Big Box retail facilities have been a growing part of the retail environment for the last 15 years. These types of facilities have created some unique fire protection challenges.
In order to discuss the differences associated with big box retail from that of more traditional retail occupancies, one must distinguish big box retail from other retail occupancies.
Typical big box retail spaces have ceiling or roof heights in excess of 5 meters (16 ft) and in many cases as high as 10 m to 12 m (35 ft to 40 ft). This permits the storage or display of merchandise to occur above the 3.7 m (12 ft) height, and in many facilities above a 7.6 m 9.1 m (25 ft to 30 ft) height. These types of retail stores will typically display products at lower elevations 1.8 m to 2.4 m (6 ft to 8 ft) above the floor, and store goods above these displayed products.
Big box retail facilities typically have large footprints, many of which approach or exceed 9,000 m2 (100,000 sq ft) in area. A variety of commodities is displayed and stored within these facilities and includes items such as soft goods/ clothes; bedding materials, including mattresses and pillows; furnishings of all types; paints; home repair and building materials; household cleaning chemicals; lawn care chemicals; and plastic commodities, such as toys, lawn chairs, furniture, etc.
The variety of commodities stored and displayed creates special challenges to protect the occupants and the commodities, while some of the design characteristics of the building shell often provide features that achieve a degree of "built-in safety." Some of the building design features that provide an enhanced level of fire safety for this type of retail environment include the following:
The high roofs/ceilings, in conjunction with large footprint areas, create a very large volume of space that allows for tenability to be maintained during a fire condition for an extended period of time. This gives occupants more time to move away from the fire condition and evacuate the facility. This is due to the time it takes for the smoke and combustion gases to descend from the roof/ceiling to a level of 1.8 m to 3 m (6 ft to 10 ft) above the floor, which would then create an environment where evacuating the area becomes difficult.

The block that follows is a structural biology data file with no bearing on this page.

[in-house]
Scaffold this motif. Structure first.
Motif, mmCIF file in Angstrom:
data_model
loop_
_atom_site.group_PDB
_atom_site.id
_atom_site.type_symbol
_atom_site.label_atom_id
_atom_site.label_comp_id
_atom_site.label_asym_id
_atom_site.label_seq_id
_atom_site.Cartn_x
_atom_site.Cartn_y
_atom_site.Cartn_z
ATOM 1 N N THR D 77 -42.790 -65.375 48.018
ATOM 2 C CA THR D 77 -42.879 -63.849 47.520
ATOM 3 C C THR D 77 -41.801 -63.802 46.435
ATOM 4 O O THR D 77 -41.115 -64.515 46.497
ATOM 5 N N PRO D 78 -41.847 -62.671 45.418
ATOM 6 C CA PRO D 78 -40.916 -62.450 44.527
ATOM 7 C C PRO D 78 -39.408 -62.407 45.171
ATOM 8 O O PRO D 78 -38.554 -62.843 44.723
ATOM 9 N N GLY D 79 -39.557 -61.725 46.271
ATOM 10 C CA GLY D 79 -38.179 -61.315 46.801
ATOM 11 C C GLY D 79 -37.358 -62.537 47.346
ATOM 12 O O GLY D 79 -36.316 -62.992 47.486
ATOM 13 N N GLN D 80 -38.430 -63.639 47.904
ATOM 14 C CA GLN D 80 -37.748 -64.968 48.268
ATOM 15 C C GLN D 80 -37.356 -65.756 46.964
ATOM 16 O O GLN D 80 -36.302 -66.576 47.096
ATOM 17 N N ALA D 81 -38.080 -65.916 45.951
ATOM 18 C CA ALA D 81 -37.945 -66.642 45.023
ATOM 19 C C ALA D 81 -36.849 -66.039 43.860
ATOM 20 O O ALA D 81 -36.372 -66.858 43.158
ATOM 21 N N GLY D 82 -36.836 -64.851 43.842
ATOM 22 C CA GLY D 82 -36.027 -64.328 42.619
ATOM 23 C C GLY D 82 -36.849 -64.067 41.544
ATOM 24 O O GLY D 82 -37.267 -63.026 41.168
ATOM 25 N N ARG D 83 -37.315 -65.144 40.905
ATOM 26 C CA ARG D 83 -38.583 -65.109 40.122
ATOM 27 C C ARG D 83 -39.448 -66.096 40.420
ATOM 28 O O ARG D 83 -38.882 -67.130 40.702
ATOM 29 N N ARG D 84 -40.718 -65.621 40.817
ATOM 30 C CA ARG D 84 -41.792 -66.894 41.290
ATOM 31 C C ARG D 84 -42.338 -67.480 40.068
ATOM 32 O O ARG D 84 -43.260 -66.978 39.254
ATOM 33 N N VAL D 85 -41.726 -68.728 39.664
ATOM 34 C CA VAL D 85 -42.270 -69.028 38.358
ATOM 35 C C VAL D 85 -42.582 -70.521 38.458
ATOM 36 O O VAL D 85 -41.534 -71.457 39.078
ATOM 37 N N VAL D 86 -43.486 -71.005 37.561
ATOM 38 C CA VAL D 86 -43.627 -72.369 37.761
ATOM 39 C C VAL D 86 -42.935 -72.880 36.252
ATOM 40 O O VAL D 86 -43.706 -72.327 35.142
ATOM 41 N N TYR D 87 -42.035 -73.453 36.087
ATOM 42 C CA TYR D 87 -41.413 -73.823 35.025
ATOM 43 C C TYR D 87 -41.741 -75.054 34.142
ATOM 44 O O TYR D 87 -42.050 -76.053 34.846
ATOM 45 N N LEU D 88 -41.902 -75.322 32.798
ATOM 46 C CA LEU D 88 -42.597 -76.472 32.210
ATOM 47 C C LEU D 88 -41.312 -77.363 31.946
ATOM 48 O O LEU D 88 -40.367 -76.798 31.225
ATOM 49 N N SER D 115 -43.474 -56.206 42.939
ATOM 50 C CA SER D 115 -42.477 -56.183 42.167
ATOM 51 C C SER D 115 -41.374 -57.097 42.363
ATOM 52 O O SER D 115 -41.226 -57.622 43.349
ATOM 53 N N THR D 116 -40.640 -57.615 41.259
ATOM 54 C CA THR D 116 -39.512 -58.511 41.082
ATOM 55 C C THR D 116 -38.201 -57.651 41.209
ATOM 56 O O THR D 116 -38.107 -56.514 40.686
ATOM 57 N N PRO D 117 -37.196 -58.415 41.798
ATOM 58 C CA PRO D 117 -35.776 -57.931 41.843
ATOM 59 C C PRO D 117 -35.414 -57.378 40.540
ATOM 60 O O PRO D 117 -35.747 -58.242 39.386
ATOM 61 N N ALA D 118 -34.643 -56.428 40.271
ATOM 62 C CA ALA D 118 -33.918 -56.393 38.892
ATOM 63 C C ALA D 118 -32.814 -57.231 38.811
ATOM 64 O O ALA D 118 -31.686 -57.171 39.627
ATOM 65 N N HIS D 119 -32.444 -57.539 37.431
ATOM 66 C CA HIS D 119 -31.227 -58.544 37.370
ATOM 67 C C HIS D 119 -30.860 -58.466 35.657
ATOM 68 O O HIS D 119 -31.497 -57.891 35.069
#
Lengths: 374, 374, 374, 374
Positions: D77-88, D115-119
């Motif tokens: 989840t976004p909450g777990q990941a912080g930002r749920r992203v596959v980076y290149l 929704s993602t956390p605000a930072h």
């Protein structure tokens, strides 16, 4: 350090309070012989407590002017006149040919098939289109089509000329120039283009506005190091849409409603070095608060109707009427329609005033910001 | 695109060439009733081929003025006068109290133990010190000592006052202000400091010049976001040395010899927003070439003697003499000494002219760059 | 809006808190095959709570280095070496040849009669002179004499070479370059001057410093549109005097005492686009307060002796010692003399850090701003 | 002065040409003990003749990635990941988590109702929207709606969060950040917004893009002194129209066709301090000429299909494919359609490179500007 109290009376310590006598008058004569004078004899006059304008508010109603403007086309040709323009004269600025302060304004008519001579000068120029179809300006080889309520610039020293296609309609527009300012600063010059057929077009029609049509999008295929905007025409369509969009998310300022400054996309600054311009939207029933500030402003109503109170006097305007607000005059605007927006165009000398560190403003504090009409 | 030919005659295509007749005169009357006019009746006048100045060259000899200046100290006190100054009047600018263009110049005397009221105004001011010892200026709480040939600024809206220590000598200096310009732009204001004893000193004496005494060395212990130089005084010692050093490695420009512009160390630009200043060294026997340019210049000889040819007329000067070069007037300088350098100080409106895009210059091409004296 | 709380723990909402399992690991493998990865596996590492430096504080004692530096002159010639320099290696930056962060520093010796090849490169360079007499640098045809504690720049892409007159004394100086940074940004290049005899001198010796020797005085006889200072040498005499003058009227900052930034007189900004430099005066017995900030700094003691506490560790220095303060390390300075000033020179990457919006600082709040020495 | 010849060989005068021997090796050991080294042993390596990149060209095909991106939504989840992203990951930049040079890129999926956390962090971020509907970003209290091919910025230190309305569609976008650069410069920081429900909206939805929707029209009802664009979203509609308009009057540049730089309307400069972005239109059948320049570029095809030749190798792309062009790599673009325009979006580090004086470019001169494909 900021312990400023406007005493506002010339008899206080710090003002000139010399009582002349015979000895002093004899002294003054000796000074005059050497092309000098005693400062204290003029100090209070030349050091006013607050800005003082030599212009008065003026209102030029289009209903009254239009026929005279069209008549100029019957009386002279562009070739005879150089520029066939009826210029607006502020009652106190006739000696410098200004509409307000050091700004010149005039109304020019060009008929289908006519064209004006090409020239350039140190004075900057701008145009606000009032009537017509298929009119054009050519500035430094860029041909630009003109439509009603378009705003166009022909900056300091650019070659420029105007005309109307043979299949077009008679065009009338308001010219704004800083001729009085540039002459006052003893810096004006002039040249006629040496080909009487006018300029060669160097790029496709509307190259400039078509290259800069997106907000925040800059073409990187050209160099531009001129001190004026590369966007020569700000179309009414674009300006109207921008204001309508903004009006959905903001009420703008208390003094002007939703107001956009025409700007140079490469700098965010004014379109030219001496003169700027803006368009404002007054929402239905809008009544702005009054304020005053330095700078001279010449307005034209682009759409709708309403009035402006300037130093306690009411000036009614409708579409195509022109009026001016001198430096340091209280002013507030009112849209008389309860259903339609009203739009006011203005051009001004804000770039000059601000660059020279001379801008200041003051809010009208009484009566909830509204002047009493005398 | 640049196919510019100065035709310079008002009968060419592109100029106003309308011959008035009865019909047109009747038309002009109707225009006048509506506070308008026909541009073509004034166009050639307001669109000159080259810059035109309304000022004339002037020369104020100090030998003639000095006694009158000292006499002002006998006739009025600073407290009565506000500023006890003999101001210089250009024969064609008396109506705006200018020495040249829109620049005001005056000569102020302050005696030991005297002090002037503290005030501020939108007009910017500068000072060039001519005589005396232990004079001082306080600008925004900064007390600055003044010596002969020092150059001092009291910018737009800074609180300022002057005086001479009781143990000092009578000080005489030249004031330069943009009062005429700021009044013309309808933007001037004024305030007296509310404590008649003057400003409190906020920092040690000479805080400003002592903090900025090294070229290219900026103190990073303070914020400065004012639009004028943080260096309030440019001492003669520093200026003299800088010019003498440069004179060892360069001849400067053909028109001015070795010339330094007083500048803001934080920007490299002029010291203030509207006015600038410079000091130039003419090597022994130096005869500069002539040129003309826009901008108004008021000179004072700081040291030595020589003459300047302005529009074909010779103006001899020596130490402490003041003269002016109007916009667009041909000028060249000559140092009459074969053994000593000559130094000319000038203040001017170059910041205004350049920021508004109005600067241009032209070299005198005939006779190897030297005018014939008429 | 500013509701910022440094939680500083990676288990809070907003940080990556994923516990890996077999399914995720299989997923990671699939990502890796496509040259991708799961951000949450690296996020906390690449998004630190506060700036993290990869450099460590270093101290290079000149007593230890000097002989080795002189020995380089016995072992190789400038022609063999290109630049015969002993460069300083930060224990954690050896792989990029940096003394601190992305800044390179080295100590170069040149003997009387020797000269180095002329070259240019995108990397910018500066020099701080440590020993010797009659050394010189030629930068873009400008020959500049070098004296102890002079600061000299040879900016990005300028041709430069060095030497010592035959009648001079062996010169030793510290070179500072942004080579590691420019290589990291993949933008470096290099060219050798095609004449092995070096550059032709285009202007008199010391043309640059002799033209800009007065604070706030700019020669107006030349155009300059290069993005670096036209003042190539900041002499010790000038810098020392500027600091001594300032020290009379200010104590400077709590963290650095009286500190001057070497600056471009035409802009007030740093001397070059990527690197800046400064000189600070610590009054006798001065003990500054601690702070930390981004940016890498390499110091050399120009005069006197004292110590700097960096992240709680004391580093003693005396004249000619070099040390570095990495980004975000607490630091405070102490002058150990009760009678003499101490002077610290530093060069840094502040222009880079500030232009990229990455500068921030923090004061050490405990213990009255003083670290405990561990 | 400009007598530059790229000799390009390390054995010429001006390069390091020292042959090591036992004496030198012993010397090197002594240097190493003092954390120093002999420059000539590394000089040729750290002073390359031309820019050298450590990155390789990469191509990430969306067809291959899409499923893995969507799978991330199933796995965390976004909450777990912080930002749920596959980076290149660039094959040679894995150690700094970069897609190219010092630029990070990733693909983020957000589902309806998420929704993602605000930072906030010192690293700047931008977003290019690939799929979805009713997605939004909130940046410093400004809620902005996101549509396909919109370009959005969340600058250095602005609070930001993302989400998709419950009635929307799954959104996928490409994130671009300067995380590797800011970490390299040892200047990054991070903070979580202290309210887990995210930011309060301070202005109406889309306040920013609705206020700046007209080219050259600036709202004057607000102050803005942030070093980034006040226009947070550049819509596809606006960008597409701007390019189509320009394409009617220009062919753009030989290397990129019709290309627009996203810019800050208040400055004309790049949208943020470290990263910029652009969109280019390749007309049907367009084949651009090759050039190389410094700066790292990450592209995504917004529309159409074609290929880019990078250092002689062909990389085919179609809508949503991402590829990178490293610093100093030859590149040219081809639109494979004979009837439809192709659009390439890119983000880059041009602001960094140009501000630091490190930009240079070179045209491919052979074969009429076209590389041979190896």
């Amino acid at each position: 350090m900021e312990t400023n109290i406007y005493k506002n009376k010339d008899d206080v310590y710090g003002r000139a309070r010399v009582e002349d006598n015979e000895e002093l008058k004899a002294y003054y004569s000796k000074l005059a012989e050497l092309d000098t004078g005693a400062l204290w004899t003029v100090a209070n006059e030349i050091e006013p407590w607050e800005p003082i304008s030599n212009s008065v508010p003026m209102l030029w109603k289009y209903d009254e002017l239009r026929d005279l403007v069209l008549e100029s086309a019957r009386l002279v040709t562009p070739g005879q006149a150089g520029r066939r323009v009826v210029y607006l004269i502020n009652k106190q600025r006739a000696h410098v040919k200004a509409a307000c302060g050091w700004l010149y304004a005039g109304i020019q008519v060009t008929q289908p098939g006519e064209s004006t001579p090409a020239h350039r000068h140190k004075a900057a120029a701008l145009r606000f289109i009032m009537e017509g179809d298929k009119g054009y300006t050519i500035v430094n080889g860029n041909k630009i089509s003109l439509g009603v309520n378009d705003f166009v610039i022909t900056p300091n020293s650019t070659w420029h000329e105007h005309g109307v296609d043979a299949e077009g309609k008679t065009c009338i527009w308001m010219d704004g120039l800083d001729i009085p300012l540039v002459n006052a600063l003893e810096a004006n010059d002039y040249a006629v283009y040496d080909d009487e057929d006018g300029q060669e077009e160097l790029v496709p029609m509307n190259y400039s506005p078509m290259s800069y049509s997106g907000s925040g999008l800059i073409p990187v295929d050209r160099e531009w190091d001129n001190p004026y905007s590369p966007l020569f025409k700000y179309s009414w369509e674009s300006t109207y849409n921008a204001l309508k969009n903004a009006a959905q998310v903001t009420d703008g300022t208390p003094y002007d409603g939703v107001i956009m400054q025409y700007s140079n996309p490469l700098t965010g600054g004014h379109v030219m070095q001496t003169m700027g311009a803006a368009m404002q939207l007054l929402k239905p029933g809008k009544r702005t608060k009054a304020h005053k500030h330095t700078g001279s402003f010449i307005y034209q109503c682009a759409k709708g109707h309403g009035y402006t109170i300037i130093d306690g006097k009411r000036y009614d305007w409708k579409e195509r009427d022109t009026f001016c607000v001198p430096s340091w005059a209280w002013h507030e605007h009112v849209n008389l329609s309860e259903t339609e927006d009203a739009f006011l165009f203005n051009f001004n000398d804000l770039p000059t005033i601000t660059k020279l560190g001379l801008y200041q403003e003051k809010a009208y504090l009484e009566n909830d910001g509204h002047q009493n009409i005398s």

All of the U.S. national building codes currently contain (and have for many years) requirements for automatic sprinklers to be installed in retail occupancies above the threshold limits of around 1,100 m2 to 3,700 m2 (12,000 sq ft to 15,000 sq ft). Additionally, since the big box stores often contain high-piled storage, sprinkler protection is required per the High-Piled Combustible Storage provisions per the U.S. fire codes. The sprinkler requirements of high-piled storage are more stringent than normal retail, require a much greater water density for the sprinkler system, and more overall water at the site for fire department operations. Essentially, the fire protection is more similar to a large warehouse than a retail store.
Many of these stores use Early Suppression Fast Response (ESFR) sprinklers. These systems are designed to extinguish a fire condition by responding to a fire condition earlier in its fire growth with water densities that can extinguish the fire. This is an enhancement compared to conventional sprinklers that are designed to control and contain a fire condition.
The automatic sprinkler system protection designed for the variety of commodities in these displays and storage configurations has an excellent record of containing developing fire conditions for the time necessary for evacuation to occur and the fire department personnel to arrive and provide necessary support for the extinguishing systems.
The water requirement for some of these big box stores can be up to four times greater than a typical retail store. It is not uncommon for a fire pump to be installed in order to meet these requirements. Occasionally, a water storage tank is required when the municipal water supply is not sufficient to provide the necessary water for fire flow requirements.
These types of buildings are normally of one-story design, allowing most or all of the exits to be at or near the exterior grade around the building. This facilitates both the evacuation procedure as well as the fire department response operations.
However, there are some characteristics of the building designs used for many of these big box retail facilities that should be noted and addressed. Most of these focus on means of egress concepts.
It is not unusual for designs to have two-thirds (67%) of the means of egress provided through the main entry wall of the building. Several factors should be considered regarding this design.